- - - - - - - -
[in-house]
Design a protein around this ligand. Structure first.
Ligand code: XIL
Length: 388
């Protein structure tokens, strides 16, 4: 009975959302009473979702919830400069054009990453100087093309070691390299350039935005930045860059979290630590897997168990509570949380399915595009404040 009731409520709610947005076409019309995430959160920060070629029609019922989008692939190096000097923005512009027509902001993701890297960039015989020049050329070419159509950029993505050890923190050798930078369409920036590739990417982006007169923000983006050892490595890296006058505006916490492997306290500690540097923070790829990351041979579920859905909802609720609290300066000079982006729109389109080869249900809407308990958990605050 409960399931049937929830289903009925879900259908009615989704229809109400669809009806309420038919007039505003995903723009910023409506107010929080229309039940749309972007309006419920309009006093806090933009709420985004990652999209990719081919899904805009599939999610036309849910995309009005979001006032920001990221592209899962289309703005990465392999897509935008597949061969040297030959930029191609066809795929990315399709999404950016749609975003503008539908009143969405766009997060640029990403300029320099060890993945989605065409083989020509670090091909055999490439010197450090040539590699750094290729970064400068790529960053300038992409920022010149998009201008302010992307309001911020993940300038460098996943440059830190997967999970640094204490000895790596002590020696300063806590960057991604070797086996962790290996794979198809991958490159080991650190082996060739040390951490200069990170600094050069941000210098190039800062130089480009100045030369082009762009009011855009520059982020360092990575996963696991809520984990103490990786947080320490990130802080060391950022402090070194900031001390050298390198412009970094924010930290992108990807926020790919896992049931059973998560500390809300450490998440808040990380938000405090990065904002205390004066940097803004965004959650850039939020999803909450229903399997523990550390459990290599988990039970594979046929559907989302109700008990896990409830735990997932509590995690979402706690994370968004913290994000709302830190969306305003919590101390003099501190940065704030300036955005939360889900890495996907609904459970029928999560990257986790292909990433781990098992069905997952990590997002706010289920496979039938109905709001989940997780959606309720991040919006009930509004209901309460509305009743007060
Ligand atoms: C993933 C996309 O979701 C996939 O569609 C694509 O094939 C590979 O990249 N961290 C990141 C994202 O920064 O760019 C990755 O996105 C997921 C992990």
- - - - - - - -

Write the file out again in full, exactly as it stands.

[in-house]
Design a protein around this ligand. Structure first.
Ligand code: XIL
Length: 388
């Protein structure tokens, strides 16, 4: 009975959302009473979702919830400069054009990453100087093309070691390299350039935005930045860059979290630590897997168990509570949380399915595009404040 009731409520709610947005076409019309995430959160920060070629029609019922989008692939190096000097923005512009027509902001993701890297960039015989020049050329070419159509950029993505050890923190050798930078369409920036590739990417982006007169923000983006050892490595890296006058505006916490492997306290500690540097923070790829990351041979579920859905909802609720609290300066000079982006729109389109080869249900809407308990958990605050 409960399931049937929830289903009925879900259908009615989704229809109400669809009806309420038919007039505003995903723009910023409506107010929080229309039940749309972007309006419920309009006093806090933009709420985004990652999209990719081919899904805009599939999610036309849910995309009005979001006032920001990221592209899962289309703005990465392999897509935008597949061969040297030959930029191609066809795929990315399709999404950016749609975003503008539908009143969405766009997060640029990403300029320099060890993945989605065409083989020509670090091909055999490439010197450090040539590699750094290729970064400068790529960053300038992409920022010149998009201008302010992307309001911020993940300038460098996943440059830190997967999970640094204490000895790596002590020696300063806590960057991604070797086996962790290996794979198809991958490159080991650190082996060739040390951490200069990170600094050069941000210098190039800062130089480009100045030369082009762009009011855009520059982020360092990575996963696991809520984990103490990786947080320490990130802080060391950022402090070194900031001390050298390198412009970094924010930290992108990807926020790919896992049931059973998560500390809300450490998440808040990380938000405090990065904002205390004066940097803004965004959650850039939020999803909450229903399997523990550390459990290599988990039970594979046929559907989302109700008990896990409830735990997932509590995690979402706690994370968004913290994000709302830190969306305003919590101390003099501190940065704030300036955005939360889900890495996907609904459970029928999560990257986790292909990433781990098992069905997952990590997002706010289920496979039938109905709001989940997780959606309720991040919006009930509004209901309460509305009743007060
Ligand atoms: C993933 C996309 O979701 C996939 O569609 C694509 O094939 C590979 O990249 N961290 C990141 C994202 O920064 O760019 C990755 O996105 C997921 C992990």